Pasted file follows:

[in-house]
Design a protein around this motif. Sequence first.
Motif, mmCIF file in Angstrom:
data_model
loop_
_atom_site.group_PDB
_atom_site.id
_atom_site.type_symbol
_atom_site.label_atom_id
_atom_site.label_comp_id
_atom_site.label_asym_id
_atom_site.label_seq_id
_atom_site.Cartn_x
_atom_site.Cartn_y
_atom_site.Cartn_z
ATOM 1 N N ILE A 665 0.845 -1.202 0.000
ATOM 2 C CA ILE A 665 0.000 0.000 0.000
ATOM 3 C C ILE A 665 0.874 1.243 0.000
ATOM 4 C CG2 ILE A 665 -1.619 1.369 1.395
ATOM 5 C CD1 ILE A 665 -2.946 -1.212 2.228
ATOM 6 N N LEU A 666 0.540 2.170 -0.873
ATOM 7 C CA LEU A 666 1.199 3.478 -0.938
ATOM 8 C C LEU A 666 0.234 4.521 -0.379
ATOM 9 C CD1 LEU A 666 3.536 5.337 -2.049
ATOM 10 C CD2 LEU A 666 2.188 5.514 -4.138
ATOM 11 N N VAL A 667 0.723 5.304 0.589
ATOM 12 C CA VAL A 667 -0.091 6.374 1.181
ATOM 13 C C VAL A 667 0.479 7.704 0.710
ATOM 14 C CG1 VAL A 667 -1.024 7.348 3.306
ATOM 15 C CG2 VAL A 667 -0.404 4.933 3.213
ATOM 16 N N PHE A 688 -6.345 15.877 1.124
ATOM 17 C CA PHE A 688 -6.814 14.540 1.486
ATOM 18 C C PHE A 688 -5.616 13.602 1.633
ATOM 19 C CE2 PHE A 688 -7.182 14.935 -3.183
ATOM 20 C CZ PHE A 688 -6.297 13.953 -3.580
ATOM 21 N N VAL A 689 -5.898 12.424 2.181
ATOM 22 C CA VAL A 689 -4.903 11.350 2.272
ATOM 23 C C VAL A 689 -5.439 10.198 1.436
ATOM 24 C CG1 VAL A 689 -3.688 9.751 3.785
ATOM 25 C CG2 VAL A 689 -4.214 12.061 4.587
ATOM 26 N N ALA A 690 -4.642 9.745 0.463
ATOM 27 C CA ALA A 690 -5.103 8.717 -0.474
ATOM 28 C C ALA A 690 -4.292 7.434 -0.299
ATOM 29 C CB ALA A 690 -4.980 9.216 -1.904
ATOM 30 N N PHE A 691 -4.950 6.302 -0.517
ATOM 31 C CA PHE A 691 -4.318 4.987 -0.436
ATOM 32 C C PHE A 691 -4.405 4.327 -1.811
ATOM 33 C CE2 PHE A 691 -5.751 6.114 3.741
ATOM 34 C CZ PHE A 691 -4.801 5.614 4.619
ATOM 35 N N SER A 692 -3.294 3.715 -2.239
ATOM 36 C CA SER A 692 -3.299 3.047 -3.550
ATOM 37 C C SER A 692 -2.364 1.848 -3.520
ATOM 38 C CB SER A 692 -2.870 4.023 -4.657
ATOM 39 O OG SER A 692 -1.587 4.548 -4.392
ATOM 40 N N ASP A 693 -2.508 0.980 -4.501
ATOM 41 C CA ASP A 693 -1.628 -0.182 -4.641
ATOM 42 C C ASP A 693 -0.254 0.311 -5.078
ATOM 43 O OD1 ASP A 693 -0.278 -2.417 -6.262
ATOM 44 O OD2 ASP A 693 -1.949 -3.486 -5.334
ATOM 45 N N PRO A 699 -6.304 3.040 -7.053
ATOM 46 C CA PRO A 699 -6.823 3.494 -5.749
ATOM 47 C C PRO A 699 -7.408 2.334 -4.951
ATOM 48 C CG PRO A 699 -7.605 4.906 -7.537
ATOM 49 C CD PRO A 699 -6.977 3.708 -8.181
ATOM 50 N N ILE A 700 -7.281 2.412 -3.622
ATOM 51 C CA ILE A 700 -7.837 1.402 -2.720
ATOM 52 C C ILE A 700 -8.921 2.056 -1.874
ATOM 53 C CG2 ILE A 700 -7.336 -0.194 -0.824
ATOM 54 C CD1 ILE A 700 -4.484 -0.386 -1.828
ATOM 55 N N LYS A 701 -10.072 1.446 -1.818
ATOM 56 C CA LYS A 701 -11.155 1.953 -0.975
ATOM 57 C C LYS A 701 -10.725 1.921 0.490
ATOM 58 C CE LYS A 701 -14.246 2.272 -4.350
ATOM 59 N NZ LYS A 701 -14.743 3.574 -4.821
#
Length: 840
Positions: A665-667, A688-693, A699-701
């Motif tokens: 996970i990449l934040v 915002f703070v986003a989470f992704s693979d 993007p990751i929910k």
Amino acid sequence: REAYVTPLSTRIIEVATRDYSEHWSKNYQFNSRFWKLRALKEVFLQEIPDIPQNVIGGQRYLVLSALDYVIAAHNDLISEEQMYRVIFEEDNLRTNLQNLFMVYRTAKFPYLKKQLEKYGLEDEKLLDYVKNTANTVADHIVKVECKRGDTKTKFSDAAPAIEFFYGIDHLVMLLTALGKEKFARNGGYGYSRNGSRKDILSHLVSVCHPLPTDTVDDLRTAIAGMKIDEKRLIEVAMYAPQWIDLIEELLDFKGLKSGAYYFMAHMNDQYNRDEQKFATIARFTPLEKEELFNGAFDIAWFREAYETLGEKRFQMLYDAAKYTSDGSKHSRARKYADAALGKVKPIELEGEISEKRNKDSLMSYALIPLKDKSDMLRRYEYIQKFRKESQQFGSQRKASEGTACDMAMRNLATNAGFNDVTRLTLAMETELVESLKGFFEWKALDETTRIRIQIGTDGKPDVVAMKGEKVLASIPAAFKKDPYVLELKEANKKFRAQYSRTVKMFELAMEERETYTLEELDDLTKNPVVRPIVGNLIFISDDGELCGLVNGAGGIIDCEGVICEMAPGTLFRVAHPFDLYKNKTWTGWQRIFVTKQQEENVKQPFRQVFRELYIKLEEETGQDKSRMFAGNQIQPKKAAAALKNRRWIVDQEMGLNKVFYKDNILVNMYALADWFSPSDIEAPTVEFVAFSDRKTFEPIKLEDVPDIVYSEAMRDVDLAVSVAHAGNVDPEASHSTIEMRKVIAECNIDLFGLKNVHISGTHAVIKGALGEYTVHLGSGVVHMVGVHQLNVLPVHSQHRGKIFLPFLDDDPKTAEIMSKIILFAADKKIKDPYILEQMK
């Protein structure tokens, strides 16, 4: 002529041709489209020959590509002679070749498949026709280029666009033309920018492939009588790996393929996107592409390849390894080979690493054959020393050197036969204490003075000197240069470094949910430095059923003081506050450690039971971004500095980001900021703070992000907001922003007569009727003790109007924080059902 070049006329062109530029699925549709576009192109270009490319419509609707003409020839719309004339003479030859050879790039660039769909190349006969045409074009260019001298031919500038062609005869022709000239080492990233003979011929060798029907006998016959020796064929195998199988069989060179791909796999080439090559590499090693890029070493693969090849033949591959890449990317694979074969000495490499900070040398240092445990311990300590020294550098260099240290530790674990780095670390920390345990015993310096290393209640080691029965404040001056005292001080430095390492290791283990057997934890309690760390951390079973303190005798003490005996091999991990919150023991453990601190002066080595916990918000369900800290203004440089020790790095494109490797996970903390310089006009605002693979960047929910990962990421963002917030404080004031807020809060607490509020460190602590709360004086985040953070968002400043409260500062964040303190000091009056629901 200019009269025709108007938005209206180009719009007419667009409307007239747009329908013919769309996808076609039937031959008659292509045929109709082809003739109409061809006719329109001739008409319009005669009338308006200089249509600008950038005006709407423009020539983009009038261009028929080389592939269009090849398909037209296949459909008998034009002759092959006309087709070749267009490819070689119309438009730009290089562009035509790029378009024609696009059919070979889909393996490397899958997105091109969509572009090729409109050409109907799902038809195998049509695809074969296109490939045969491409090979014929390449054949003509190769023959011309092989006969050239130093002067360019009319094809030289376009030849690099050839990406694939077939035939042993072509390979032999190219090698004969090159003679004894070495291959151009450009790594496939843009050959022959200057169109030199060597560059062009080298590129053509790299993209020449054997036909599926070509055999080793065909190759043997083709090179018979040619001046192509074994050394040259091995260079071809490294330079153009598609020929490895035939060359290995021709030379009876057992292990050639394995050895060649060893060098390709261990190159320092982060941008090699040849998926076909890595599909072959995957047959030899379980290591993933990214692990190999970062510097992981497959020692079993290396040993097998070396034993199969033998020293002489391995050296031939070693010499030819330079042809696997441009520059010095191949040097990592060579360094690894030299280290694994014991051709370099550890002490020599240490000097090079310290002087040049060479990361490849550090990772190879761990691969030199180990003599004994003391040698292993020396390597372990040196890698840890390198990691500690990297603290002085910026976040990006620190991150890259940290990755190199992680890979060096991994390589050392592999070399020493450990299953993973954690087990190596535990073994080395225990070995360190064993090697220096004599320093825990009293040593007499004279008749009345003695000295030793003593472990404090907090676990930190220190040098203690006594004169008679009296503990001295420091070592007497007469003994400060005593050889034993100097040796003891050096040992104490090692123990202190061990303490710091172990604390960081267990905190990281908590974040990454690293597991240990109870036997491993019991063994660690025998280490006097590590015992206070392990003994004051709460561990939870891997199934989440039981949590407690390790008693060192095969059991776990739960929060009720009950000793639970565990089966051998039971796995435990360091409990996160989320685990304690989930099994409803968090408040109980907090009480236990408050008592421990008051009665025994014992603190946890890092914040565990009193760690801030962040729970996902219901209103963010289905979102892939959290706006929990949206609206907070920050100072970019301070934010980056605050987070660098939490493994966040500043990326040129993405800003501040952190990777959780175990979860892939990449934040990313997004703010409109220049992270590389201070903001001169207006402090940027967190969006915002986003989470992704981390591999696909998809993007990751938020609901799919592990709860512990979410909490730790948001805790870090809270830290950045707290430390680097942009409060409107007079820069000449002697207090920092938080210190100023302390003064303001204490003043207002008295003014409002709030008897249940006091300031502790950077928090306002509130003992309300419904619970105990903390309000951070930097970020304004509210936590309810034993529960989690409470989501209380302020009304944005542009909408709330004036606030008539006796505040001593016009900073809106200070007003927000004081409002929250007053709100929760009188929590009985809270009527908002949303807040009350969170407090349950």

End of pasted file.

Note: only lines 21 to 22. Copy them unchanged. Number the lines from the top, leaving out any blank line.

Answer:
ATOM 6 N N LEU A 666 0.540 2.170 -0.873
ATOM 7 C CA LEU A 666 1.199 3.478 -0.938